It is an unusually hot day in April when I walk to the Strand bookstore. I grow warmer passing the NYU students skating at Union Square Park and cooler when I shift my Joan Didion tote bag to my other shoulder. When I step in, I realize the air inside the Strand is uncomfortably hot. The merchandise and crowds act as extra insulation, and feverish book lovers emit enough body heat to render the entire store reminiscent of Payne Whitney Gym’s now-defunct sauna. My legs take me over to the most popular section, where a sign that says, “Best of the Best” looms over the stacks of books. As my hands hover over Just Kids by Patti Smith, an elderly man leans over and mutters to me, “If this is best of the best, we’re in trouble.”
But what does it take for a book to enter the so-called “best of the best?” My senior year was consumed by a questionably named “Great Books” AP English class where I spent more time bemoaning having been assigned the works of James Joyce than I did reading them. Later, I found a 1998 article by the New York Times that listed A Portrait of the Artist as a Young Man as the third-best book of all time, with Ulysses and The Great Gatsby occupying the first and second spots. While the Twitter aphorism “that’s cap” comes to mind, surely this list is not all without merit. The voice of Joyce’s omniscient Stephen Dedalus is beautifully unprecedented. On the commercial side of things, Fitzgerald’s book was turned into a blockbuster movie starring Leonardo DiCaprio. Most importantly, these books have withstood the harshest critic: time. But what happens when times change? What books are the best of the best, then?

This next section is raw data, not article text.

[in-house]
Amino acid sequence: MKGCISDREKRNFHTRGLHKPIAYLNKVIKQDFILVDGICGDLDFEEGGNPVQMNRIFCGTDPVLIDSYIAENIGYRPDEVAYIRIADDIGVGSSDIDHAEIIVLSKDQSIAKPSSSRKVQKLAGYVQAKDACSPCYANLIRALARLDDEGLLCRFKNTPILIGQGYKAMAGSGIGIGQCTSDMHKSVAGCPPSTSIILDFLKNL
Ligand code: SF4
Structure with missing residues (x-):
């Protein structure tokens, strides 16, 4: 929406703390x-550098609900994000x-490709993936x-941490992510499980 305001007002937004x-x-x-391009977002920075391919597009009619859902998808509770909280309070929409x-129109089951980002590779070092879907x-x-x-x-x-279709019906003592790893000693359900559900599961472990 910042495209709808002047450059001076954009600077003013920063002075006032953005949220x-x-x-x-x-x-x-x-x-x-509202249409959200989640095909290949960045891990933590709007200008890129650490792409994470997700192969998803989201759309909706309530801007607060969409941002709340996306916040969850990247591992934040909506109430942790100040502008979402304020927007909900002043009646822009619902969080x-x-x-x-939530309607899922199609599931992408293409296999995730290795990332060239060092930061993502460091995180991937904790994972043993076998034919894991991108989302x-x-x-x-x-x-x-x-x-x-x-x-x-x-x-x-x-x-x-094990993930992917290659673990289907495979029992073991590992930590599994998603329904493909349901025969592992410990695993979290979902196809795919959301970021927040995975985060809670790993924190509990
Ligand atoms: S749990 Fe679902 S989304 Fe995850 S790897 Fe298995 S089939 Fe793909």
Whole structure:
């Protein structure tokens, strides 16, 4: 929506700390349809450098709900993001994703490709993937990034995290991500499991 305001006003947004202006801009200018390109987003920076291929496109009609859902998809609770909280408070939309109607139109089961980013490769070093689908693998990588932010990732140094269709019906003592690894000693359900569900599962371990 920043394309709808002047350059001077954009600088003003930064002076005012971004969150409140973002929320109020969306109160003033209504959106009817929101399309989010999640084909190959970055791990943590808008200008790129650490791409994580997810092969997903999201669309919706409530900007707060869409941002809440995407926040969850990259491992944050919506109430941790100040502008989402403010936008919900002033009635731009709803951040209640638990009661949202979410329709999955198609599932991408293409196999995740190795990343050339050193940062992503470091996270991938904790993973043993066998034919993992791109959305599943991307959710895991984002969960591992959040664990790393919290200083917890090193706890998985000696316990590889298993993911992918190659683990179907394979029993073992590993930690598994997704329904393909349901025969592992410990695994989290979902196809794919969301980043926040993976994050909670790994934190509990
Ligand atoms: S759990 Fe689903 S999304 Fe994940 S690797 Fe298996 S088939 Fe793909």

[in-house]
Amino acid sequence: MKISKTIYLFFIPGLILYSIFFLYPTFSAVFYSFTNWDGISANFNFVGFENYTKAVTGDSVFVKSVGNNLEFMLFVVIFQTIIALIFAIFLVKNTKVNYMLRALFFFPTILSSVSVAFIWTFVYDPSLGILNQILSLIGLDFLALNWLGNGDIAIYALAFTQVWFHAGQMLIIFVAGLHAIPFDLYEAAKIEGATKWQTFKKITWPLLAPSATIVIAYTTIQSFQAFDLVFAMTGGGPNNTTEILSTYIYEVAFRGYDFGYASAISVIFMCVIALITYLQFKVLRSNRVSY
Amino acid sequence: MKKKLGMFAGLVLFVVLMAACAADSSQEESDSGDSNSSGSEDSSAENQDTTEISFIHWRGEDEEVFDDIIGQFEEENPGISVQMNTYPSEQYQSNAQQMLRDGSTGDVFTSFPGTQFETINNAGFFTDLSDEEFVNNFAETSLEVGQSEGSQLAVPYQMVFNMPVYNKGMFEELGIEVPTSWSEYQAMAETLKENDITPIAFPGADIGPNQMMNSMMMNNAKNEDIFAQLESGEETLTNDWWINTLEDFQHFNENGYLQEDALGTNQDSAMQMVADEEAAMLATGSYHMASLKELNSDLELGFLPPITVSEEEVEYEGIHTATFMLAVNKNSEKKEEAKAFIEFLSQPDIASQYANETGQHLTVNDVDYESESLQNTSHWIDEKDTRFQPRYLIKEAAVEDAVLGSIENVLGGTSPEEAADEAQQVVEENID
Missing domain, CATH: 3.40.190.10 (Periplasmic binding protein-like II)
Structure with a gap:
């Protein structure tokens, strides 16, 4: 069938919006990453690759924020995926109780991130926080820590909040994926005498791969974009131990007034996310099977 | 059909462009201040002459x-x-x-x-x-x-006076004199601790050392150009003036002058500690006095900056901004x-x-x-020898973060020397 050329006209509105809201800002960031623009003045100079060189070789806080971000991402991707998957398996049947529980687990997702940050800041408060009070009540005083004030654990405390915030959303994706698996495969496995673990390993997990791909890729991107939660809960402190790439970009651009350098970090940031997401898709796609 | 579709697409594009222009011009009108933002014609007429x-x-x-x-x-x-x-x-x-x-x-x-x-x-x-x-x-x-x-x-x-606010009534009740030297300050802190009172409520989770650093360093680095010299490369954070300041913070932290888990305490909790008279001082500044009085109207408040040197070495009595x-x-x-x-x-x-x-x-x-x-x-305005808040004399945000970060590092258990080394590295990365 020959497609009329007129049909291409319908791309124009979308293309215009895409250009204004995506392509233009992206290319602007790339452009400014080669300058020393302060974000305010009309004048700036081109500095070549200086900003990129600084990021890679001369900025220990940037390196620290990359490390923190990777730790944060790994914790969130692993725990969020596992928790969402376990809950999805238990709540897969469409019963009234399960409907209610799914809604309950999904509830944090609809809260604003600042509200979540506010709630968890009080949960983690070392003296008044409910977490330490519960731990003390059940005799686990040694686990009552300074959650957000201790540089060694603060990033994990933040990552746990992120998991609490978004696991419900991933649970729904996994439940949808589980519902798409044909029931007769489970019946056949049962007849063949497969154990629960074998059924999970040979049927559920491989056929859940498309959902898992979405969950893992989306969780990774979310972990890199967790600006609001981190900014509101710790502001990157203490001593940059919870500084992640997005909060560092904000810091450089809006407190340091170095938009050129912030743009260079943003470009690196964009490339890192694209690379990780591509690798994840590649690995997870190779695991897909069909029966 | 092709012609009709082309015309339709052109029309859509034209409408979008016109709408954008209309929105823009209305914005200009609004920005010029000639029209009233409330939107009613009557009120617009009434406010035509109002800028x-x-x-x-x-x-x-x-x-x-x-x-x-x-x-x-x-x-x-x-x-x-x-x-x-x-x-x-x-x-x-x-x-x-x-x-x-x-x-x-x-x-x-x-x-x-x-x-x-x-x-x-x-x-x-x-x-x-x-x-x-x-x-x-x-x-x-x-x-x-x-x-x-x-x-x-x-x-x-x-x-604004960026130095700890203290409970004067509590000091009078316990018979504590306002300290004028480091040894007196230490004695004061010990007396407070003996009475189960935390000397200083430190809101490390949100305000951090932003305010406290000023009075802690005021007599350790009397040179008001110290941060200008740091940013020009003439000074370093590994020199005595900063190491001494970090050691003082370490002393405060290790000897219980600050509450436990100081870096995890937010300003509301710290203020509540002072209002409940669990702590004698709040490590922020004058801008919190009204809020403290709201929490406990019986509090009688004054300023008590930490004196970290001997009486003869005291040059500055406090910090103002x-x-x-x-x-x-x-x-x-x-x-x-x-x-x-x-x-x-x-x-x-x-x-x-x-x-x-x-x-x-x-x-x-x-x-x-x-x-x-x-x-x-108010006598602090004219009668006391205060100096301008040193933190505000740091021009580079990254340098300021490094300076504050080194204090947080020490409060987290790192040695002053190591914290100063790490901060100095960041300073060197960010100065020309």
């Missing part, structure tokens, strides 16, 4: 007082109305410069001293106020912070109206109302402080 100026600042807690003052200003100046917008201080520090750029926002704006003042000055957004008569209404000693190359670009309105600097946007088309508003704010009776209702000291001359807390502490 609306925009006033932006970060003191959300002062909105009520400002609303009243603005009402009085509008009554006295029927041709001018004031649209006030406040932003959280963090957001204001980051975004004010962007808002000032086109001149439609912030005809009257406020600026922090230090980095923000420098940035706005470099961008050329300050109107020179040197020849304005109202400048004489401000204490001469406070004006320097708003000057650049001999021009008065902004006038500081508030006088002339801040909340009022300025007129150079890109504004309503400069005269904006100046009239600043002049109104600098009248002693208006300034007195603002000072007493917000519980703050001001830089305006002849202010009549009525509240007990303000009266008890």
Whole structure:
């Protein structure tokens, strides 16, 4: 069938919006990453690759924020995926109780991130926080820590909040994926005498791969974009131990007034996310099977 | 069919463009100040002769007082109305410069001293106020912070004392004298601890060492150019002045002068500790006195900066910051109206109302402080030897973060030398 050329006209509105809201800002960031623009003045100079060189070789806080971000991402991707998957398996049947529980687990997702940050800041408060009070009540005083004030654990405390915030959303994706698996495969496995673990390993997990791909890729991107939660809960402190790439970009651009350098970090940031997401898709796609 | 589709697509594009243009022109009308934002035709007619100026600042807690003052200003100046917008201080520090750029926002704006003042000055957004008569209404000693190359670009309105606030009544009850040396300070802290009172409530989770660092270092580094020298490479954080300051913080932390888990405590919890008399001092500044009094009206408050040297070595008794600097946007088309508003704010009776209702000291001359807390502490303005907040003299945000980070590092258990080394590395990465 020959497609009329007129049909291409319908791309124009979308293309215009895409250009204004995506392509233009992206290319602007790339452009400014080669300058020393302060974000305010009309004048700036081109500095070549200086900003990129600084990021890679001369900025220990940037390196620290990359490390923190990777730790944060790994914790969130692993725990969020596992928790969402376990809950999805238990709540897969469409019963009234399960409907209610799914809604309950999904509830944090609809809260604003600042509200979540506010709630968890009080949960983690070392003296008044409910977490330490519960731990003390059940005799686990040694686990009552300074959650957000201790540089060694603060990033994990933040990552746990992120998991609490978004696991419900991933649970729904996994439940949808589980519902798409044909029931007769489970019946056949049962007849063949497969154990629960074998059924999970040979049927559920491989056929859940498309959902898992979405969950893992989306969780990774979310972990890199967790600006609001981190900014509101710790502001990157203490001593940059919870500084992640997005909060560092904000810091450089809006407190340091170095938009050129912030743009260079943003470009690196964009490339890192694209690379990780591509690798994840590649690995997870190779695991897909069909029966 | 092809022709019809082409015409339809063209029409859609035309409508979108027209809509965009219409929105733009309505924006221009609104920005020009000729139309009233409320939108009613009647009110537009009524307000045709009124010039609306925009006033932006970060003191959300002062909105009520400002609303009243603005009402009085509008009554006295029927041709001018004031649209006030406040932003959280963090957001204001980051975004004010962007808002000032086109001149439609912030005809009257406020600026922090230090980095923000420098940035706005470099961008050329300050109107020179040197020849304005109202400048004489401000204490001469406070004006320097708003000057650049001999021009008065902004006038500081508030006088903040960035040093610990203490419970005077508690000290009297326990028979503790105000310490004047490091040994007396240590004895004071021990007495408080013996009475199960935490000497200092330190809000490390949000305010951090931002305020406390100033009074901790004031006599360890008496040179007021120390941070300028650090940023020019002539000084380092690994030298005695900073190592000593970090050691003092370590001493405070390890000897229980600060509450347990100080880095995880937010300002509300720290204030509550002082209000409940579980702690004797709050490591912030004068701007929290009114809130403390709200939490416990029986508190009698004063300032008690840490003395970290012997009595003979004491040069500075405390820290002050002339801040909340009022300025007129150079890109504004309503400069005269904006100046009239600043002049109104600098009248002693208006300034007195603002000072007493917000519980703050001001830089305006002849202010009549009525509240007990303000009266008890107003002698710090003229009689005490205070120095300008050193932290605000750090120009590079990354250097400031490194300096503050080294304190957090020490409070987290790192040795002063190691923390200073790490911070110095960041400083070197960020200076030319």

It is only my third day on Old Campus when my suitemate declares in our common room, “I genuinely consider myself a smut expert. Or connoisseur. Whichever you prefer.” In her elevator pitch for her latest read, she details a graphic ripping-out of a belly piercing, au naturel lube (combine two-and-two, dear reader!), and coitus that would have de Beauvoir sprinting for the church. “I think it’s my new favorite book,” my suitemate says. A couple of days later, the title in question floats across my screen while I’m scrolling through TikTok. Later, three of us in the suite notice a copy of the same Emily Henry book in each of our rooms. Knowingly, assuredly, we nod to each other and squeal—the unspoken influence of BookTok is all around us.
Unfortunately for the Times, these BookTok-famous novels have an advantage that their bestseller-listed books do not: palatability. Critics and DS students may call out contemporary books for their commercialism, for their “fast plots” and “easy writing,” but who on TikTok or Instagram is capable of making mood boards celebrating the writings of Plato or Philip Roth? Is it not more aesthetically pleasing to see the line “I’m not a religious person, but I do sometimes think God made you for me” (Sally Rooney, Normal People) as the background to a thirty-second montage of Pinterest pictures than “Once upon a time and a very good time it was there was a moocow coming down along the road” (James Joyce, Portrait of the Artist)? It seems rational that the majority of readers today would rather envision the mythical romance of Patrocles and Achilles than they would the soul-sucking, controversial land of Nabokov’s Lolita.
In some ways, the books splashed all over BookTok benefit from a harsh question posed by contemporary debates on the literary canon: how many of the world’s “best books” are actually good? Many of these books have defeated time, yet their age only perpetuates their authority. After all, the older it is, the better it must be. In academia, there is a hesitancy to call out the “best of the best”—academics adjudicating value to the same books time and time again—and this shyness has left the development and celebration of contemporary literature behind, creeping along more slowly than ever.
If twelve years of English classes have revealed anything, it is that the art of choosing what to read is entirely subjective. I doubt the old man from the Strand will ever pick up a copy of Normal People, and I will likely never finish Lolita. So, I suppose the only thing left to do is read.